Re: STC'S Electronic Bulletin Board

Subject: Re: STC'S Electronic Bulletin Board
From: Bill Konrad <konrad -at- SAGE -dot- CC -dot- PURDUE -dot- EDU>
Date: Thu, 8 Jul 1993 09:32:25 EST

> Actually, how about a show of hands: how many people have USENET access?
> We could start something ourselves irregardless of what the STC wants. Is
> anyone interested in establishing a USENET group? We could probably
> start by getting this one echoed as a bit.listserv group, and then
> try for a hierarchy if there were enough interest (,

Hear hear. ALthough this list may be a bit.* newsgroup in some places,
it is not available as such here (and I suspect in many other places
that get Usenet. I support the creation of a Usenet group.

It is possible to form an alt.* immediately, but it would suffer from
low distribution as many sites avoid the morass of alt.* groups and
refuse to carry them.

In the "regular" hierarchy, we would need to submit an RFD (Request
For Discussion) to the group news.announce.newgroups. Then after a
period of discussion (at least a month, I believe) about the
appropriate namespace for the group and its charter, a CFV (Call For
Votes) can be issued. Someone would have to receive, validate and,
count the votes (ideally someone non-partisan in the vote and with
access and understanding of vote-counting software).

The IEEE has it's own newsgroups, something like I don't
know how would fly though. There is also a group misc.writing.
I can see some arguments for creating misc.writing.technical but then
on the other hand, misc.writ currently doesn't get a whole lot of tech
writing traffic which is the usual argument for creating
subcategories. I'd be a little hesitant to have a general technical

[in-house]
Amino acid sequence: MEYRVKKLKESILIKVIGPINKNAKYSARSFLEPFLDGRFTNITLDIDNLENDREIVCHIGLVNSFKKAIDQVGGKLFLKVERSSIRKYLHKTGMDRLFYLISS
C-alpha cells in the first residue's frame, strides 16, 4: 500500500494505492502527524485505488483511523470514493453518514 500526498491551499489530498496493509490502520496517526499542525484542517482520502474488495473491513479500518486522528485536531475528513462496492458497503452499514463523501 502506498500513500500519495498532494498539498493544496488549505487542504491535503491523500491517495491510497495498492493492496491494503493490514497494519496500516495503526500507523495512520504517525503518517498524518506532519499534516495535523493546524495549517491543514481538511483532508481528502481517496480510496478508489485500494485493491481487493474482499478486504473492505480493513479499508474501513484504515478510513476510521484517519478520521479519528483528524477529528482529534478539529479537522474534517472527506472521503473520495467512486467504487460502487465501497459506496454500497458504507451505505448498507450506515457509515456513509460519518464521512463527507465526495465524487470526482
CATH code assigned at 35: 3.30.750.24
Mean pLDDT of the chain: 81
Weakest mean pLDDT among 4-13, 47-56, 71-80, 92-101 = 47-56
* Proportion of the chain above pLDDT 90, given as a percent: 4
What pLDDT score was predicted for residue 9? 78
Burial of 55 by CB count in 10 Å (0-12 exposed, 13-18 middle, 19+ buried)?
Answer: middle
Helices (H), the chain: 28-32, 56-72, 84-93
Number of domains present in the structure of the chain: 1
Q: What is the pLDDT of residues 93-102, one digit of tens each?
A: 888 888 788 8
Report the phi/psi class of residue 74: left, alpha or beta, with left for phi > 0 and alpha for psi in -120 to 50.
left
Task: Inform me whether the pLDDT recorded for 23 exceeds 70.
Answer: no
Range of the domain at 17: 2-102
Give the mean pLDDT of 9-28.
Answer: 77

writing group in the comp.* hierarchy, but aside from misc, I don't
think any of the other main categories would be appropriate.

> Moreover, this would make technical writers more accessable to the
> rest of industry. If someone had a question they could pose it to
> the usenet group. People interested in joining STC could find out how
> from a FAQ (Frequently Asked Questions) posted regularly. Listserv
> is a little more insular since only the people on the list really
> keep it in mind. Someone reading news has a better chance of seeing
> the site and keeping it in mind.

Your mileage may vary here. Newsgroups are more likely to pick stray
readers or occasional readers leery of overwhelming their mailboxes.
But on the other hand, there are SO many newsgroups now (over 2200
here at Purdue) that most of them get lost in the shuffle unless a
person knows to look for it, so you're kind of in the same position as
with mail lists, people have to know it exists (and how to access it)
before they can participate.

Bill Konrad | What am I doing at a level of
konrad -at- sage -dot- cc -dot- purdue -dot- edu | consciousness where this is real?
| --Thaddeus Golas
| The Lazy Man's Guide to Enlightenment

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